Roman Street Pizza (vegetarian optionally)
You’ll also find this recipe on my Summer of Six menu, from Rome to Rouen – have a look at the other recipes on the menu if you’re thinking about entertaining outside.
Girls’ trip to Rome – and to the best pizza place in the city. We ate standing up outside; quick fast food, coming out of the kitchen continuously on sizzling trays, cut into slabs, thrown onto paper plates and gobbled at speed. Roman street pizza is different from Napolitan – it’s thicker, fluffy and more bready. Highly satisfying to eat and to make.
Perfect food for kids, great for parties, easy for school holiday or working at home lunchtimes. Adaptable for all diets and one of the healthiest fast meals, who doesn’t love a home made pizza?
Pizza keeps and re-heats so well that it’s worth making a larger quantity than you need on the day, and somehow dough comes out better done in a bigger batch than tiny ones.
Makes 10-12 portions, 2 roasting trays full.
Timings: 30 minutes initial preparation, then 90 minutes prove, then 10 minutes work and another 90 minutes prove, then 20 minutes to cook - about 5-6 hours altogether.
For the dough:
At least 5 hours before you want to eat, start your dough.
Mix all the dough ingredients and turn out onto your worktop to knead. Knead well for about 5 minutes and then leave the dough under a bowl on your worktop for about 10 minutes. Knead again for 5 minutes. You will have a shiny, springy dough which you can already see starting to fluff.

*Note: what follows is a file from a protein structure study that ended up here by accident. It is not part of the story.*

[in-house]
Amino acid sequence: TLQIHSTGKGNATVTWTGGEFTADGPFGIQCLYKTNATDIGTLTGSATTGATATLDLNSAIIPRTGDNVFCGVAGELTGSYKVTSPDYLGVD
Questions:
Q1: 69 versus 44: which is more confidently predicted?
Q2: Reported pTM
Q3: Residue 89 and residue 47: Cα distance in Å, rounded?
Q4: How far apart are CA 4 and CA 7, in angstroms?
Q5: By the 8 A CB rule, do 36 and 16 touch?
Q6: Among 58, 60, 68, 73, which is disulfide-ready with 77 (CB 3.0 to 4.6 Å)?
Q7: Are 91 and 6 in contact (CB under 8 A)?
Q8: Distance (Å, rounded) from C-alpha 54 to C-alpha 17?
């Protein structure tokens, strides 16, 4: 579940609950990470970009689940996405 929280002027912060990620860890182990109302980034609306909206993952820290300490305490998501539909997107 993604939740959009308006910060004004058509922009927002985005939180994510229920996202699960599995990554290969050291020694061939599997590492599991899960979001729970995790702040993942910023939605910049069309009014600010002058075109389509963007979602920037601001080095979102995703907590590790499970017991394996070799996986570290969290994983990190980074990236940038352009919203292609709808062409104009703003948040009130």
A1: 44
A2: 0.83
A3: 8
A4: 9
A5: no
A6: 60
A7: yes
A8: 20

Leave to prove covered in a warm place until roughly doubled in size – about 90 minutes to 2 hours depending on the temperature.
Prepare your tins – I use metal roasting trays or deep square cake tins to cook this. Grease each tin and line with greaseproof paper on the bottom.
Take it out of the bowl, knock it back but don’t knead it much, then put it into your prepared tins, stretching it so that it fills the tin about 2cm deep.
Leave covered in a warm place to rise again. I like to put the tins into a big plastic bag which you blow up at the neck and then seal with a clip. This keeps the dough protected from draughts and happy in its work. At this stage, you can play with the timings – if you want to leave it to rise more slowly, just leave it in a cooler place. You should leave it for about another 90 minutes in a warm place at least, and it will again double in size and become very puffed up.
About 30 minutes before you are ready to cook, start to heat your oven to 240°C. You need to give it good time to warm up so the whole oven is hot – like a real pizza oven. Of course, if you have a real pizza oven, fire it up!
Remove the garlic and the basil from the passata.
Get the tins of pizza dough and handle them carefully so as not to depress the dough.
Carefully spread the passata all over the top of each pizza dough, right to the edge.
Whack them straight into the oven for 10-15 minutes until the passata is starting to crust round the edges.
Bring them out, and scatter on your other toppings. I would recommend not too much fresh tomato, as it is quite liquid and you don’t want the dough getting soggy with the juice. These pizzas are not supposed to be too deeply topped, so try not to go overboard.
Back in the oven for 10-15 minutes to melt the cheese and crisp the toppings.
Bring them out and let them cool for just a few minutes before portioning and serving.
Some Changes - April 2022
Thanks to my friends and followers for your patience, and for your encouragement to start blogging again.